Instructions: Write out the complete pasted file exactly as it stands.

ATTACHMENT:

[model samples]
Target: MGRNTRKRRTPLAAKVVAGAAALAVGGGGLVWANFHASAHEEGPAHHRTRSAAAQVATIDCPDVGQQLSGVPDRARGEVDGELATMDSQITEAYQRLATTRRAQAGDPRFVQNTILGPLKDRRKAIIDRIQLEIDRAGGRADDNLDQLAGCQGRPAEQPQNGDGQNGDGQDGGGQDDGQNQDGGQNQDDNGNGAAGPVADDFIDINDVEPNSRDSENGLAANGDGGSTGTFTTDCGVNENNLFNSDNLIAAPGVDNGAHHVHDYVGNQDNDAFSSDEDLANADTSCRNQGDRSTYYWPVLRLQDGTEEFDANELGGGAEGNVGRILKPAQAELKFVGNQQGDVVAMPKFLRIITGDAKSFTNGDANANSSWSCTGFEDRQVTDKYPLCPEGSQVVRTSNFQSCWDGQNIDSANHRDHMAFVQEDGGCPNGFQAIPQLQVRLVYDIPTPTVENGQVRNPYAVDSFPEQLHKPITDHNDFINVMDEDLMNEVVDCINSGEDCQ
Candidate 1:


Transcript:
[model samples]
Target: MGRNTRKRRTPLAAKVVAGAAALAVGGGGLVWANFHASAHEEGPAHHRTRSAAAQVATIDCPDVGQQLSGVPDRARGEVDGELATMDSQITEAYQRLATTRRAQAGDPRFVQNTILGPLKDRRKAIIDRIQLEIDRAGGRADDNLDQLAGCQGRPAEQPQNGDGQNGDGQDGGGQDDGQNQDGGQNQDDNGNGAAGPVADDFIDINDVEPNSRDSENGLAANGDGGSTGTFTTDCGVNENNLFNSDNLIAAPGVDNGAHHVHDYVGNQDNDAFSSDEDLANADTSCRNQGDRSTYYWPVLRLQDGTEEFDANELGGGAEGNVGRILKPAQAELKFVGNQQGDVVAMPKFLRIITGDAKSFTNGDANANSSWSCTGFEDRQVTDKYPLCPEGSQVVRTSNFQSCWDGQNIDSANHRDHMAFVQEDGGCPNGFQAIPQLQVRLVYDIPTPTVENGQVRNPYAVDSFPEQLHKPITDHNDFINVMDEDLMNEVVDCINSGEDCQ
Candidate 1: